Today’s version Ernie Bevin wouldn’t fail to become an MP because he was too right wing, he would fail because he wouldn’t fit the mold of Oxbridge-PPE-spad-bag-carrier that seems to determine how candidates are selected.

    Public distrust in our political class is not caused by MPs being so different in class and attitudes, it’s caused by them being so similar. Whether it’s looking at the Blair clones of Cameron, Clegg and the Miliband boys, or just looking at the male candidates in the last Labour leadership election, there is very obviously no room for an outsider.

    So MPs go ahead and find some wriggle-room to accept an extra £10,000 a year, but when it does blow up in your faces don’t be surprised.

  8. jo horrocks says:

    Good article, Jonathan. Labour being what it is, you’ve probably just killed off your chances of a parliamentary seat. Great shame, as you’re one of the most intelligent writers on politics at the moment.

  9. PlatoSays says:

    I was with you all the way until ‘shadowy donors’ that pay money to the Tories/LDs – piffle – every donation has to be acknowledged and accepted by the Electoral Commission and published.

    There is nothing *shadowy* about any parties money – until you stop talking such nonsense, I’m less inclined to believe what you write on other subjects when it comes to *facts*.

  10. Danny says:

    Of course there are shadowy aspects with regards to party donations. Sure they have to publish them, but what is not documented by the Electoral Commission is the little “chats” that led to the donation and the motivation behind said donor making the pledge.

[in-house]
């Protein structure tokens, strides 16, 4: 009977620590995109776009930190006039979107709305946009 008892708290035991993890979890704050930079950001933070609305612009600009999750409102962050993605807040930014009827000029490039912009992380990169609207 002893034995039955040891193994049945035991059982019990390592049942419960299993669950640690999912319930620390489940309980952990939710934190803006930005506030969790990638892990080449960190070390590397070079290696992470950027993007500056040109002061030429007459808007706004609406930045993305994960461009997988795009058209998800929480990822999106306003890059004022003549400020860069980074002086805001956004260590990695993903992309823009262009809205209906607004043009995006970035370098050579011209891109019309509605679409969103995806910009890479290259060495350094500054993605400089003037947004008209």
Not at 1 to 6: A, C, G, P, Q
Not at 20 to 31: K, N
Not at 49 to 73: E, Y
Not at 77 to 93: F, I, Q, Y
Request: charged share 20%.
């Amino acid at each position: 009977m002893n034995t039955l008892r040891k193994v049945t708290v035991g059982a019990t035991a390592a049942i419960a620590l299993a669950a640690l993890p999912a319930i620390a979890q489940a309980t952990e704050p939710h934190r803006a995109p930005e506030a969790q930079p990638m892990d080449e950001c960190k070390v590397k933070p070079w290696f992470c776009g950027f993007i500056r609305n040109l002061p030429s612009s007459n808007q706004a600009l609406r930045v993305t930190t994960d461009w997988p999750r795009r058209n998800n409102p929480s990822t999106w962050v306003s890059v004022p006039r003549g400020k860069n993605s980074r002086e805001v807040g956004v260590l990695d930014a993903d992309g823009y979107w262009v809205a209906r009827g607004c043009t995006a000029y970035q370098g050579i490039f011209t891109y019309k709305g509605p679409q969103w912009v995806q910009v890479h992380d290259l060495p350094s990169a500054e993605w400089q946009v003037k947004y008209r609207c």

For answers, you need only look at the number of private enterprises now benefitting from the dismantling of the NHS and see the percentage of them who have made donations to the Conservative Party.

    Nothing shadowy? We must have very different definitions of the word. Or dissimilar levels of naivety.

  11. Anne says:

    Jonathan would not be selected as a Labour party candidate in a constituency because of Labour party’s unfair and discriminatory policy of women only candidates – this is not the correct way to select the best person for the job – if the Labour Party want to stand a chance of winning the next election this policy should be ditched asap – also any women selected by this method should be asked to be reselected in an open primary – if they can not win an open selection within their own party they are hardy likely to win in the general election with greater competition.

    I agree with Eds idea of having open primaries for selection as they have in the USA.